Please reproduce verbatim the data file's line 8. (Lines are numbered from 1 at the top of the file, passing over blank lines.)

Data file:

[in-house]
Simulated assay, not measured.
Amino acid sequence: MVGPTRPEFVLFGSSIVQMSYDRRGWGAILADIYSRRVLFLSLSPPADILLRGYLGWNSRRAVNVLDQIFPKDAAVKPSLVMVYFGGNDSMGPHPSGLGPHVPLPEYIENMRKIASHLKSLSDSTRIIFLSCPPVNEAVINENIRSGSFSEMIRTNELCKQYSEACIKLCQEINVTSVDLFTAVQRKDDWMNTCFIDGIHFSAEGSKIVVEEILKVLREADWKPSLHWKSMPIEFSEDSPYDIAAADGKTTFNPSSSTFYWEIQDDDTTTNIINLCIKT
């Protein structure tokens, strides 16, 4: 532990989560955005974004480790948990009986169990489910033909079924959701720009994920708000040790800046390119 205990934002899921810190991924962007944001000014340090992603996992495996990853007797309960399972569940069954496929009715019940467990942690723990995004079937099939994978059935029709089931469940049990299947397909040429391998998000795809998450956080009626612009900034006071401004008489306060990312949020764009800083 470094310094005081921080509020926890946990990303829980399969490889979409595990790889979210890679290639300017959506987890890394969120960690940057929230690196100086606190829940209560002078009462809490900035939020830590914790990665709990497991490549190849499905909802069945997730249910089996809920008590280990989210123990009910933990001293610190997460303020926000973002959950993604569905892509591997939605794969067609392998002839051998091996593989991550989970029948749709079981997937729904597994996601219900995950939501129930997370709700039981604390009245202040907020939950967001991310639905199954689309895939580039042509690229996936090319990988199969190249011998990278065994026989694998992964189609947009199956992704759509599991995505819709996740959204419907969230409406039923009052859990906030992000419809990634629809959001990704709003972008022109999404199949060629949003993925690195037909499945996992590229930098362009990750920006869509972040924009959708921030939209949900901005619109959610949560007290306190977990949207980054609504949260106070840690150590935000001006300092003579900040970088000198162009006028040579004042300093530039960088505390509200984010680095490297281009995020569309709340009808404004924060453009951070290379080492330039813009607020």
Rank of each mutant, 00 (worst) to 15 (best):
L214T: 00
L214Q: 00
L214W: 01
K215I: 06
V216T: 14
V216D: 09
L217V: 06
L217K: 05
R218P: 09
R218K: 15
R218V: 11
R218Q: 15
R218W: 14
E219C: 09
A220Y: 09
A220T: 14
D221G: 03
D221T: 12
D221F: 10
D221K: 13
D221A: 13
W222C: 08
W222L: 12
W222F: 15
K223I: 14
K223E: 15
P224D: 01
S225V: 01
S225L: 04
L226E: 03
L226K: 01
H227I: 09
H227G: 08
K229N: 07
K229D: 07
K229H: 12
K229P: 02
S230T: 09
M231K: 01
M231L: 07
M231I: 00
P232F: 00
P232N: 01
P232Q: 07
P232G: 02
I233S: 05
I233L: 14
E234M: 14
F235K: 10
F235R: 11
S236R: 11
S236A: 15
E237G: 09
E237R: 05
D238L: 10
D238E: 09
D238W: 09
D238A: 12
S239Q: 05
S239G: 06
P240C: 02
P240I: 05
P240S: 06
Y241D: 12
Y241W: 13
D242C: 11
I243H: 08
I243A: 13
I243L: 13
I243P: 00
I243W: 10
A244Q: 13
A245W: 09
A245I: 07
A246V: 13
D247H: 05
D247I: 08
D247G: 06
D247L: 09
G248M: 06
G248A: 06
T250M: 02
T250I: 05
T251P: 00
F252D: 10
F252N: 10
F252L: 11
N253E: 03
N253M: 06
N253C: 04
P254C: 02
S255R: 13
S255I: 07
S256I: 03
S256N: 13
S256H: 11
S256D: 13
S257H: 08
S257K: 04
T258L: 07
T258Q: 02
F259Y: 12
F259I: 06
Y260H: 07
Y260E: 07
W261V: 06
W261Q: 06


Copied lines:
L214W: 01